Putting the brave face on the darkness of November

There’s a welcome inherent in us for the bright lights of winter. A place in our souls for the gaily coloured lamination that heralds the impending season. It is just a few weeks since that the dark curtain of winter darkness has fallen upon us.

It changes the way we do things; shapes our days and our nights. But more importantly, it impacts on our minds; our ability to see things with perspective and hope.

Maybe it’s my time of life, but I think this has been an incrediubly sad year, not helped by the events of the last few weeks which have seen us lose faith in the goodness of humanity as we watch the barbarism of war on our screens. We are assailed by bad and sad news on all sides. Deaths, illness, inhumanity, yet we are forced to go on in the face of it all, to brazen it out. And it’s bloody hard. Don’t be afraid to admit this.

This has been a year that started with a lot of tragedy and sadness and has continued throughout. Families, friends, towns and villages each have their own sad stories. Each of us could sit down right now and recall a dozen.

In each of our communities too, there is a pain in the stomach of us all; an empty seat at tables; a bed not slept in, constant reminders of people who should be here, but are not. There is loneliness and poverty and fear.

It has been a time of carnage on our roads; as if we have gone back to the days before cars were made safe and seatbelts were not compulsory. Galway, in particular, has suffered badly. The onslaught of bad news has created a world in which many people lose hope in the face of such bleakness.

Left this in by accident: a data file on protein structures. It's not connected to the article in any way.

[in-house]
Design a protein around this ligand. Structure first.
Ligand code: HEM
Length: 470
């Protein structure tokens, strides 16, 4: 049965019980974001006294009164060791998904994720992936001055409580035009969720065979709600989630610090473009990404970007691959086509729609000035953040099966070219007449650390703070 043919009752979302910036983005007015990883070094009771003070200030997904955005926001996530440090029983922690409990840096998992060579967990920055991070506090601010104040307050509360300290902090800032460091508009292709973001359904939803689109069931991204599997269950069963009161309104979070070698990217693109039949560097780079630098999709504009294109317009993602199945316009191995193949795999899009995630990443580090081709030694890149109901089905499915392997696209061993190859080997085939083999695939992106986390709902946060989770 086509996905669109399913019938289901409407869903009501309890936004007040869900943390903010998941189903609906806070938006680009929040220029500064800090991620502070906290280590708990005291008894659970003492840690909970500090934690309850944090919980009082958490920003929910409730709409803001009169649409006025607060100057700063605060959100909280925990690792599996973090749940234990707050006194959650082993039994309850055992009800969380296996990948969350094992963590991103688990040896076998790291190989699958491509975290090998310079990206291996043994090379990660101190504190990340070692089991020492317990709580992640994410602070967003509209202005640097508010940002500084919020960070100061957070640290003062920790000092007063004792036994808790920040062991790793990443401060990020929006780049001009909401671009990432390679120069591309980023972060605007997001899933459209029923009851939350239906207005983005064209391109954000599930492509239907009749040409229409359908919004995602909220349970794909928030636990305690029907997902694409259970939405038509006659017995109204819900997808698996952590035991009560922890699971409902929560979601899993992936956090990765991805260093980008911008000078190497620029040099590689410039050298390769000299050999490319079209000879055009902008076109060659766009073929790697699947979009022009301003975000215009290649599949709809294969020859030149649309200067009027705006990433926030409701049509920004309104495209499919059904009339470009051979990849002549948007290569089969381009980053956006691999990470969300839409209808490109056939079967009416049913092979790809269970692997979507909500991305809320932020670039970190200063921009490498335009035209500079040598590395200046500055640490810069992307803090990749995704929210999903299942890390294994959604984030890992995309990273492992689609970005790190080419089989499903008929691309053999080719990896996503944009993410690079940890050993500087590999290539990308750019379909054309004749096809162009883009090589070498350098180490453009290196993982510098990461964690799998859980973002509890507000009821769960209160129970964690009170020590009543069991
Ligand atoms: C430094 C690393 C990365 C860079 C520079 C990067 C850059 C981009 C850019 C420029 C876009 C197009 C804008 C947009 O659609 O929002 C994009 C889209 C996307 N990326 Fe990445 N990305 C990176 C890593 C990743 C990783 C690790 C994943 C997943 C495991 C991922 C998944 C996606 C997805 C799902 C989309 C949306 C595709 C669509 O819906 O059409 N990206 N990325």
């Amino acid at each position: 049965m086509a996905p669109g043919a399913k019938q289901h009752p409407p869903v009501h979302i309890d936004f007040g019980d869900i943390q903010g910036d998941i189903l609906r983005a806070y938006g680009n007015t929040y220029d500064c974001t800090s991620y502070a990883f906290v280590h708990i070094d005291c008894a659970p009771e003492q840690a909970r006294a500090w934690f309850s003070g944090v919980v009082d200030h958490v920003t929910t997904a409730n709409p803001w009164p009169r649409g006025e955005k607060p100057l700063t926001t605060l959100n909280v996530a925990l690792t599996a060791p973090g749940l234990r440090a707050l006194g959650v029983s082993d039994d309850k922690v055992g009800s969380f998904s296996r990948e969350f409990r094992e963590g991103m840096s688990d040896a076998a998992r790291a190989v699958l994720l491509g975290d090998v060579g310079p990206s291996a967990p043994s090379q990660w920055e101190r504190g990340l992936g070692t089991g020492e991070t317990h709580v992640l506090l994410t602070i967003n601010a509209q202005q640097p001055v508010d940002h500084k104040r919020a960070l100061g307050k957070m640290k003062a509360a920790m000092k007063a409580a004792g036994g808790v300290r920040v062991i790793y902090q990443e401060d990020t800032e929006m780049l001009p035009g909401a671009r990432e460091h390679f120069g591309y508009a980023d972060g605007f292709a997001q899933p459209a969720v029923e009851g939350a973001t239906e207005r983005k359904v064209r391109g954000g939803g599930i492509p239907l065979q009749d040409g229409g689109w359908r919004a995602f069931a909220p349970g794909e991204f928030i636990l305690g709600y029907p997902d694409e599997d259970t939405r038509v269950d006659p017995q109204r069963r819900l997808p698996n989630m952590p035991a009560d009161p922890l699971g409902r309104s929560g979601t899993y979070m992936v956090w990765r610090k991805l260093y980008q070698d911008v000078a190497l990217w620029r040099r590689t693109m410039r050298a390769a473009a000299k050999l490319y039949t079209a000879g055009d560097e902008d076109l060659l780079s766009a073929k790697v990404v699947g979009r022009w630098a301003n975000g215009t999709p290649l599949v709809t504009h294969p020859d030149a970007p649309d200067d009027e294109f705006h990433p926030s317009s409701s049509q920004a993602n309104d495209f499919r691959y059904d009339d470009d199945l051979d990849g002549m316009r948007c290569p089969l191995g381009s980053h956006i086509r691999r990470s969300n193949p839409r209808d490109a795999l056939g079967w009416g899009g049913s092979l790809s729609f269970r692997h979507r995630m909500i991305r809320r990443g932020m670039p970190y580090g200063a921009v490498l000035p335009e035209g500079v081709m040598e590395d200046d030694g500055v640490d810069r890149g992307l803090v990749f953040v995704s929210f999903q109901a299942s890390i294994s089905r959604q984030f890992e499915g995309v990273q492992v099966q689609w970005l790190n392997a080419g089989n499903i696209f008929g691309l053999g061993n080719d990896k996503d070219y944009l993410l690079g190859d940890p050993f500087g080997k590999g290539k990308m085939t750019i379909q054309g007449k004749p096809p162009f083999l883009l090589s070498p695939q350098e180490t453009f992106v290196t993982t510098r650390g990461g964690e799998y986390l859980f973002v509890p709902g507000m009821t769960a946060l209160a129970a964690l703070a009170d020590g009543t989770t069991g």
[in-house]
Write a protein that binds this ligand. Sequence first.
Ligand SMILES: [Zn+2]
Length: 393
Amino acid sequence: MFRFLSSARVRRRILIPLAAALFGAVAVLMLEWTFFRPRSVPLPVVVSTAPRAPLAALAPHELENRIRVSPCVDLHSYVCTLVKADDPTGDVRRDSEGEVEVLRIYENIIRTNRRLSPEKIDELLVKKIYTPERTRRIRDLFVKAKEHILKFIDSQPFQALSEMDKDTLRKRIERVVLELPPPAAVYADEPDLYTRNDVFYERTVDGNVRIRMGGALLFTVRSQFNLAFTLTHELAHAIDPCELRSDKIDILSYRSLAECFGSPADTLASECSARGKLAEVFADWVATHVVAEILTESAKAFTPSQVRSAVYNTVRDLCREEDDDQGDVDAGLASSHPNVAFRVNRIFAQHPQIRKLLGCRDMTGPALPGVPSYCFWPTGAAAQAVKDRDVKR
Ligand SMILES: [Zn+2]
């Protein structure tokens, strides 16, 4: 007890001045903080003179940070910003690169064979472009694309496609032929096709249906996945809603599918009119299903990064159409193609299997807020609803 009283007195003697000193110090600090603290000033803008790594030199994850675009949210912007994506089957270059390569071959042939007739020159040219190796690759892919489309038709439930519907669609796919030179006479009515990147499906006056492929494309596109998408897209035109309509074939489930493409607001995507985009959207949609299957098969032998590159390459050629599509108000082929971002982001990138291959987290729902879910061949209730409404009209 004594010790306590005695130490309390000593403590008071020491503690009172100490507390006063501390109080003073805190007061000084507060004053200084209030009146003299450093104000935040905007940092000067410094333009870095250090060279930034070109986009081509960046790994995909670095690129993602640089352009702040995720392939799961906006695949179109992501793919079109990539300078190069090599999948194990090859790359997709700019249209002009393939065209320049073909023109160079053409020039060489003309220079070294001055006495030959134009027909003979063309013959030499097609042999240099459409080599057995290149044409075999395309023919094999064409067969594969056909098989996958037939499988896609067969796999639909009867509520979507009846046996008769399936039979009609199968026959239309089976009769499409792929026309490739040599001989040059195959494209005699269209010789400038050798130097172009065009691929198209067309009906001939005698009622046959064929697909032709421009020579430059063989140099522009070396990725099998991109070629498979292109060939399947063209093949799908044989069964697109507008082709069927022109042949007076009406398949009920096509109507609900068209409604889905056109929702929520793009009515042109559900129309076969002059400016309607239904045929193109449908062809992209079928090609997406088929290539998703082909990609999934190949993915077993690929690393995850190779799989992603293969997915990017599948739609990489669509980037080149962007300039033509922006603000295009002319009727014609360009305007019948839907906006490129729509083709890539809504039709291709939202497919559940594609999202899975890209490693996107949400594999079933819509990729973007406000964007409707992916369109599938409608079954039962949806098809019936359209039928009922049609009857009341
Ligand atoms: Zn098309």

And this is where we need the light. The lights of the Christmas Market will go on tomorrow night in Eyre Square and over the next few weeks in the streets of the town and villages across the city and county. And in our own homes too.

We need to use the light to lift us all; to see wonder in the illuminated darkness; as we cling on to the hope in the face of sadness.

None of this is aided by the sudden onset of darkness once the clocks change for the winter; a blind pulled down on all of our psyches.

It is into this time that we need light; not just the physical light, but light that warms and coaxes and urges us to believe and retain hope in the potential for the goodness of us all.

This weather and time of year makes people struggle; it robs people of lifelines, of being able to see through, of connection.

It is at this time that we need the bright colourful lights of the festive season. Let the naysayers not convince you that we endure the darkness until a decreed time. I have a wonderfully generous neighbour who lights her home with the most exhilirating display of light you can imagine. Every time I pass by, I silently thank her for lifting us all by throwing colour and hope and movement into this dark time of the year.

Light is but an element though. Accompany this light with a word of encouragement, a greeting, a how-are-ya, a sign that you care. Don’t be alone in thinking that this is a hard time of the year.

By lighting the way for each other, it will be no time until the days start to get longer again and the boost of Spring will not be far behind. Let us make sure that we all make it through to that platform of hope.


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